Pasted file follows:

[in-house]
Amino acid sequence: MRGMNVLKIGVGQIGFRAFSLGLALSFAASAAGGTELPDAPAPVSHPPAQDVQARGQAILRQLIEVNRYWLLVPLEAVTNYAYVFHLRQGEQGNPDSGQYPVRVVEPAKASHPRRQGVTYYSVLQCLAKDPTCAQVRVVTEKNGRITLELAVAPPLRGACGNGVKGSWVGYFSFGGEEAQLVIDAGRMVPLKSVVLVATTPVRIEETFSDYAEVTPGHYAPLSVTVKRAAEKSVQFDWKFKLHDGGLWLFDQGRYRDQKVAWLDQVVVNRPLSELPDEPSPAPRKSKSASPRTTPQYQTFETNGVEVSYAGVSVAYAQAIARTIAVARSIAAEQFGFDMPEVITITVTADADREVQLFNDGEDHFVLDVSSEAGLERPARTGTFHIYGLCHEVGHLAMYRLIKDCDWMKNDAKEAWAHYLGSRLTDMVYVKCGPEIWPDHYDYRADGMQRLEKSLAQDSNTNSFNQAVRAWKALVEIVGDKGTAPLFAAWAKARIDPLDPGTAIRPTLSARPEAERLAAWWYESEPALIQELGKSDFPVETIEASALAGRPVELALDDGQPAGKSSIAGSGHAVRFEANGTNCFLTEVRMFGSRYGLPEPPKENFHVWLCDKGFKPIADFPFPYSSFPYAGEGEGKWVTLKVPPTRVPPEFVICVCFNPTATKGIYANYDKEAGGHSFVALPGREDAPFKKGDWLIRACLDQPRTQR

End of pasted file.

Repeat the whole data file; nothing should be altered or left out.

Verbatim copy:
[in-house]
Amino acid sequence: MRGMNVLKIGVGQIGFRAFSLGLALSFAASAAGGTELPDAPAPVSHPPAQDVQARGQAILRQLIEVNRYWLLVPLEAVTNYAYVFHLRQGEQGNPDSGQYPVRVVEPAKASHPRRQGVTYYSVLQCLAKDPTCAQVRVVTEKNGRITLELAVAPPLRGACGNGVKGSWVGYFSFGGEEAQLVIDAGRMVPLKSVVLVATTPVRIEETFSDYAEVTPGHYAPLSVTVKRAAEKSVQFDWKFKLHDGGLWLFDQGRYRDQKVAWLDQVVVNRPLSELPDEPSPAPRKSKSASPRTTPQYQTFETNGVEVSYAGVSVAYAQAIARTIAVARSIAAEQFGFDMPEVITITVTADADREVQLFNDGEDHFVLDVSSEAGLERPARTGTFHIYGLCHEVGHLAMYRLIKDCDWMKNDAKEAWAHYLGSRLTDMVYVKCGPEIWPDHYDYRADGMQRLEKSLAQDSNTNSFNQAVRAWKALVEIVGDKGTAPLFAAWAKARIDPLDPGTAIRPTLSARPEAERLAAWWYESEPALIQELGKSDFPVETIEASALAGRPVELALDDGQPAGKSSIAGSGHAVRFEANGTNCFLTEVRMFGSRYGLPEPPKENFHVWLCDKGFKPIADFPFPYSSFPYAGEGEGKWVTLKVPPTRVPPEFVICVCFNPTATKGIYANYDKEAGGHSFVALPGREDAPFKKGDWLIRACLDQPRTQR